Cross-pollinating with the Beehive in Machias, ME
The Beehive Collective is a fifteen year old hyper-functional political artist collective in remote Machias, ME. They began in 2000 as a women's collective, producing beautiful and intricate cut stone mosaics. Today, their main projects are visually intense, insanely complex illustrated commentaries on the economic and social effects of globalization. These posters, some of which take many long Maine winters to complete, are reprinted by the hundreds and thousands and displayed all over the world. According to their website, which is attractive and informative (the bee flies not far from the hive) they have distributed over 75,000 posters to date. All of their work is anonymously credited to the collective and anti-copyrighted to ensure free dissemination of "a more healthy, and visual representation of the complex and overwhelming issues our society is facing." I remember the first time I witnessed one of their posters, called "The True Cost of Coal". I was at once mesmerized by it's depth of composition, saddened and angered by it's content, and deeply impressed by it's message.
Since running a successful volunteer based grassroots political campaign left the unstoppable Bees with a lot of spare energy and free time, they have channeled their rejuvenating efforts towards their local community. The hive acquired a historic grange near Bad Little Falls, and completely revitalized it's structure and aesthetic, while preserving it's historic roots. The grange is now a gorgeous two-story public multi-use community center, housing a diverse array of cultural events. When the hive acquired the grange, there was a gaping hole in the second floor, and it was falling into serious structural disrepair. Last night, however, we performed in that same room on a low stage facing a flawless maple sprung floor and balcony under a stamped tin ceiling, bathed in warm light, bright acoustics, and the palpable presence of an engaging audience. We were touched by our reception at the grange, and it's nights like these that make this lifestyle so worth it. Adults and children lounged on a behemoth rug abutting the stage that was clearly the hide of some kind of abominable snow creature native to the Northeast. The fabulous reverberation of the grange allowed us to forgo amplification in favor of a more intimate acoustic set. Once again, the bar has been raised.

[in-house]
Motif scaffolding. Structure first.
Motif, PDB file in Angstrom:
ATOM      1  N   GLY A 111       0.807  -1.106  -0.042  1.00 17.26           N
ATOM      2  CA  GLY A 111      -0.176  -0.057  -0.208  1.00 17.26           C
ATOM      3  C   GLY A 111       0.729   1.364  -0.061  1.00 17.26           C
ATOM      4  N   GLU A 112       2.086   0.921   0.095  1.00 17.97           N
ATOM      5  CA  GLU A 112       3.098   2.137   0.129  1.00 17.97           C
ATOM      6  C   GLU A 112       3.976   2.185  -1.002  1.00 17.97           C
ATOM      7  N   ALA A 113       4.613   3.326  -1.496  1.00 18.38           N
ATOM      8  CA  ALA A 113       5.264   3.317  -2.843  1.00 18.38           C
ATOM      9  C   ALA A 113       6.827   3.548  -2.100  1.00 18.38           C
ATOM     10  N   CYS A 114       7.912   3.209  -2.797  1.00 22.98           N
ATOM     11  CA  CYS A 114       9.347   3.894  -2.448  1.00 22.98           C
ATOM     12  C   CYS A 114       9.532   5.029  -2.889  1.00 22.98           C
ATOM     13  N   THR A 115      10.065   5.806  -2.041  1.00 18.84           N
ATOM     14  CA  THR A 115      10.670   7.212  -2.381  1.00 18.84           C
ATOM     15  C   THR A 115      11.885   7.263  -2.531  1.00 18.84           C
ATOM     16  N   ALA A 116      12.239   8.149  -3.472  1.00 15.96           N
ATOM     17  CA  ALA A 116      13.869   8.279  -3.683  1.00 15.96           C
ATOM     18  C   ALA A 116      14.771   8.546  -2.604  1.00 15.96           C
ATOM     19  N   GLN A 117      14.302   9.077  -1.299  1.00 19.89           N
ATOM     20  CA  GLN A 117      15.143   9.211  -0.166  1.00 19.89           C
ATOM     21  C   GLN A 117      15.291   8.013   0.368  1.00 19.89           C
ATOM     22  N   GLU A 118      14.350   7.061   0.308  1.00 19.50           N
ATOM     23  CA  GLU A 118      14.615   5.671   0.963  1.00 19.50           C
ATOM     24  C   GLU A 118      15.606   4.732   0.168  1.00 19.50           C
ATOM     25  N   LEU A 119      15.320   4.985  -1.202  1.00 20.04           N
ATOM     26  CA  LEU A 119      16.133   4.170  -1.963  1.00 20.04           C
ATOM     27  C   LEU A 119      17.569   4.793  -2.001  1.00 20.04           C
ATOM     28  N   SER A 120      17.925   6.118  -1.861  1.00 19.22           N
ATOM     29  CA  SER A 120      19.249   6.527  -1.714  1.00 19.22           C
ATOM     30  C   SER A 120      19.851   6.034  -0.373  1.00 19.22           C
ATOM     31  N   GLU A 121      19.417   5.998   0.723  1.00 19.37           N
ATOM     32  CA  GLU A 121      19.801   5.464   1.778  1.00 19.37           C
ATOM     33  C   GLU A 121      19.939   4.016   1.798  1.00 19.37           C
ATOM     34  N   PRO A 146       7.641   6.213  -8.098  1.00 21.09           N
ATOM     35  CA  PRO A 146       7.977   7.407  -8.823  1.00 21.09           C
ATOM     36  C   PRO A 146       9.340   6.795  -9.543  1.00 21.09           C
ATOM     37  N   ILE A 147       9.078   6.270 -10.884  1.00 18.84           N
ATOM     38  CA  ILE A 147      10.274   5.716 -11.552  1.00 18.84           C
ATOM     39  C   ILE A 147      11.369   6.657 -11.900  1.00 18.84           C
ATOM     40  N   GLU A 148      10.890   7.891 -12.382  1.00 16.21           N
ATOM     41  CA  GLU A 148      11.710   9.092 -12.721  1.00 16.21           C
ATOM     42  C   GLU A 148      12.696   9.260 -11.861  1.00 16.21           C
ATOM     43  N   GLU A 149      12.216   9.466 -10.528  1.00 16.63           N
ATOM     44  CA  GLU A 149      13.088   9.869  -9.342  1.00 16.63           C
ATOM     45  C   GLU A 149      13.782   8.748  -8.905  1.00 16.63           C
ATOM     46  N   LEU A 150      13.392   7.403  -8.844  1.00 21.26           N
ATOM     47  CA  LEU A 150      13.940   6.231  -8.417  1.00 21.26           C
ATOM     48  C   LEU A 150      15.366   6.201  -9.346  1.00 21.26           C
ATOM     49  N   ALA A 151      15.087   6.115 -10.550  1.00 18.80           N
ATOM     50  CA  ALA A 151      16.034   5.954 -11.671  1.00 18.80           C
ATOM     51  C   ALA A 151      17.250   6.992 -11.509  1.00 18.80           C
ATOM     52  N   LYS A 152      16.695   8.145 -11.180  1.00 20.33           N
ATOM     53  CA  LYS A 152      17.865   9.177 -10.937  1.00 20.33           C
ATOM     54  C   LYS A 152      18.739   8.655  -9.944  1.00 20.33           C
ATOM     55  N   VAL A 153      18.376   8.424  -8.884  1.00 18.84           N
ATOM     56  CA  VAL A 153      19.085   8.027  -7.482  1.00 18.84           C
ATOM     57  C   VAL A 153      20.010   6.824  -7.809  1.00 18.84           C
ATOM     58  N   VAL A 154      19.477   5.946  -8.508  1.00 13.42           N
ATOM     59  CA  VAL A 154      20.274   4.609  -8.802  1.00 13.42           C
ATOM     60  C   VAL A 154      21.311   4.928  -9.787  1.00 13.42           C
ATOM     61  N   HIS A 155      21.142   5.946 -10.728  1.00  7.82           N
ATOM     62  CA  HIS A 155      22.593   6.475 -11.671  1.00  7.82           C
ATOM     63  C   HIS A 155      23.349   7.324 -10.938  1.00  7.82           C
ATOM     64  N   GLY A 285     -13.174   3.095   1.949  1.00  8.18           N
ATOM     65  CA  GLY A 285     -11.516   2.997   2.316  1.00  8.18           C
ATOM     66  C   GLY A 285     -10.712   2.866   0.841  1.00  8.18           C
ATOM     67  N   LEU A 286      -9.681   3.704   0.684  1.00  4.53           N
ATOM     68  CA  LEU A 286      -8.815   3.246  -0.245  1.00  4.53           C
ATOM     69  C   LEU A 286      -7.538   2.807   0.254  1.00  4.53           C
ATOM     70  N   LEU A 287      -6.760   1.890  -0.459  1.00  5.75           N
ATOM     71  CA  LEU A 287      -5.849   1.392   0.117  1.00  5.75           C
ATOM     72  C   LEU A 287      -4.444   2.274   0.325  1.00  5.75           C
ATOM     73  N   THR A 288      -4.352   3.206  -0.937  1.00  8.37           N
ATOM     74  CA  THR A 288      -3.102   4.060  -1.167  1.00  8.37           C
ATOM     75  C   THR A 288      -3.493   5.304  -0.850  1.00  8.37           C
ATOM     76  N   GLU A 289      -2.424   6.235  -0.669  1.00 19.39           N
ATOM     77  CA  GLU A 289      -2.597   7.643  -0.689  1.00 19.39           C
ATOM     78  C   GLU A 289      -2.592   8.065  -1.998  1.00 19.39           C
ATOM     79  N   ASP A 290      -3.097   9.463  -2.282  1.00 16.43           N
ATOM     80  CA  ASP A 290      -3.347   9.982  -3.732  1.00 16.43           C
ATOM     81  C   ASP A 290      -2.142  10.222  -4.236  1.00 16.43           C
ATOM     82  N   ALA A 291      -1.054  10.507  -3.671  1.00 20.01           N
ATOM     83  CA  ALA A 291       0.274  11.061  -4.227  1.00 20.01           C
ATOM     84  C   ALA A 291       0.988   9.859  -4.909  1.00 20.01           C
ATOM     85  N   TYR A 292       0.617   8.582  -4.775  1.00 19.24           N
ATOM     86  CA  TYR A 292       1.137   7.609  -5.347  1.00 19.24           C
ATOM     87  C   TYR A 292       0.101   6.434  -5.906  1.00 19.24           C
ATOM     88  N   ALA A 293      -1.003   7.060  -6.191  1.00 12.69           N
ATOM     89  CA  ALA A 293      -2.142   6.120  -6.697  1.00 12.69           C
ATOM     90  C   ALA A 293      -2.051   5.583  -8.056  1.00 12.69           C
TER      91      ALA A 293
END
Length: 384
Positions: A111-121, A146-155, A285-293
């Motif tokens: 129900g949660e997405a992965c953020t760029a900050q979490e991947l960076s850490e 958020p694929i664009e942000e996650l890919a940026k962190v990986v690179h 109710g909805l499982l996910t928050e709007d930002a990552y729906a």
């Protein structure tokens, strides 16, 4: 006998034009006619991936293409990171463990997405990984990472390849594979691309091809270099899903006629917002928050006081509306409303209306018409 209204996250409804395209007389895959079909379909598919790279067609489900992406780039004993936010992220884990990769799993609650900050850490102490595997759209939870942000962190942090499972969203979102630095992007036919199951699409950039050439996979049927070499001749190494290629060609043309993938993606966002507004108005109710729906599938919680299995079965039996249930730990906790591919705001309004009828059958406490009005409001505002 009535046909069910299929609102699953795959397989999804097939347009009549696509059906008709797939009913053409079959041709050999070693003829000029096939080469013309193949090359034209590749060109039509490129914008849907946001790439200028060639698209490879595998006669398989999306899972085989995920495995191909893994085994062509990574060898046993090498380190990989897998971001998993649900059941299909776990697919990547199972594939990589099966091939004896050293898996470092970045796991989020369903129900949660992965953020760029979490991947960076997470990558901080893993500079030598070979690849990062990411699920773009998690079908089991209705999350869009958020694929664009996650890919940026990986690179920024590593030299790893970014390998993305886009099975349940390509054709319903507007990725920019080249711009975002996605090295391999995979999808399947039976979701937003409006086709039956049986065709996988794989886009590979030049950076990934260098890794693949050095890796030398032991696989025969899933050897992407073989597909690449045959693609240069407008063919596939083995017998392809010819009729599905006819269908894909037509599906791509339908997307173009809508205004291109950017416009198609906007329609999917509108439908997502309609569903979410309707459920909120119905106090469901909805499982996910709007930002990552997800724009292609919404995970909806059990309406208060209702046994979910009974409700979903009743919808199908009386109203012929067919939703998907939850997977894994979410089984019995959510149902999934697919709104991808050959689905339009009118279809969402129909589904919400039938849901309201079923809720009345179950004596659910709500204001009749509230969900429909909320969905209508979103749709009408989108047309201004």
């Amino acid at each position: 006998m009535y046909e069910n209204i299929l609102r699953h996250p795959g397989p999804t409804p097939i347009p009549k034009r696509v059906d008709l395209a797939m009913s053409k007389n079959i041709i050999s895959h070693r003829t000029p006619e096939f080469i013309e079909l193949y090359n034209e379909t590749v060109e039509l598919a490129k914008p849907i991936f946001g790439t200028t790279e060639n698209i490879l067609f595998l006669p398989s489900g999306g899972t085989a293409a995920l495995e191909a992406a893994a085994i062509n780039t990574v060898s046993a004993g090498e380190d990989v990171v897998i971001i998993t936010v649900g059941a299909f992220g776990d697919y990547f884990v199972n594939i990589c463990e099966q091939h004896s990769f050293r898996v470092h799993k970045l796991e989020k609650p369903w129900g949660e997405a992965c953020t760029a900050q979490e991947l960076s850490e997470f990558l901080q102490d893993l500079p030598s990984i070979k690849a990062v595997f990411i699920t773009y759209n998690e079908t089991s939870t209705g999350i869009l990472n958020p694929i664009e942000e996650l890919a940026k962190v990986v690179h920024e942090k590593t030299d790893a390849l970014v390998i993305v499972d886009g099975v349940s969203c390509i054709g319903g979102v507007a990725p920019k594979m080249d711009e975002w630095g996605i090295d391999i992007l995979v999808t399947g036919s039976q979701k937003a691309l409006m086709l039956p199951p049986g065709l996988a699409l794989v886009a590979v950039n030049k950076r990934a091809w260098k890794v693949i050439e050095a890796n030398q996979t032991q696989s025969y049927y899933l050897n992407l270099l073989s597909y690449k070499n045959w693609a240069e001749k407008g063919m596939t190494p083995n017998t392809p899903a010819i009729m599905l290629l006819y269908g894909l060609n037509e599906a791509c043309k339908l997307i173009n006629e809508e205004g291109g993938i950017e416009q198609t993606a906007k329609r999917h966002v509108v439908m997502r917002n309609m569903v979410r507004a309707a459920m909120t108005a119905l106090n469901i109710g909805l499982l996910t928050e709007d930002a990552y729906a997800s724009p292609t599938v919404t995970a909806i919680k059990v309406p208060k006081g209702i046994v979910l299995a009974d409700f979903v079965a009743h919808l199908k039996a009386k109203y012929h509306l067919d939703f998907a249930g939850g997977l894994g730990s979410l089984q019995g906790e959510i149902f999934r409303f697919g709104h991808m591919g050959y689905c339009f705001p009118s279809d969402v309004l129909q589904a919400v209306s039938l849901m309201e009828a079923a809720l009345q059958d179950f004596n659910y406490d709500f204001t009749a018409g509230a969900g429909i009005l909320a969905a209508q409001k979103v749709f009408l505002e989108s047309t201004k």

As I'm writing this post, the Bees are on lunch break from some epic group meeting, bustling around the kitchen of their early 1900's mansion, surely seeking sustenance to fuel further deliberation and compromise. Momentarily, they will reconvene and I will sneak through the foyer to capture this photo:
Thank you so much to everyone around the household, especially Rhiannon for being such an involved tour guide and immediate soul buddy.
Today we will head west to the southern tail of Lake Champlain, having reached the furthest North Eastern point on our journey.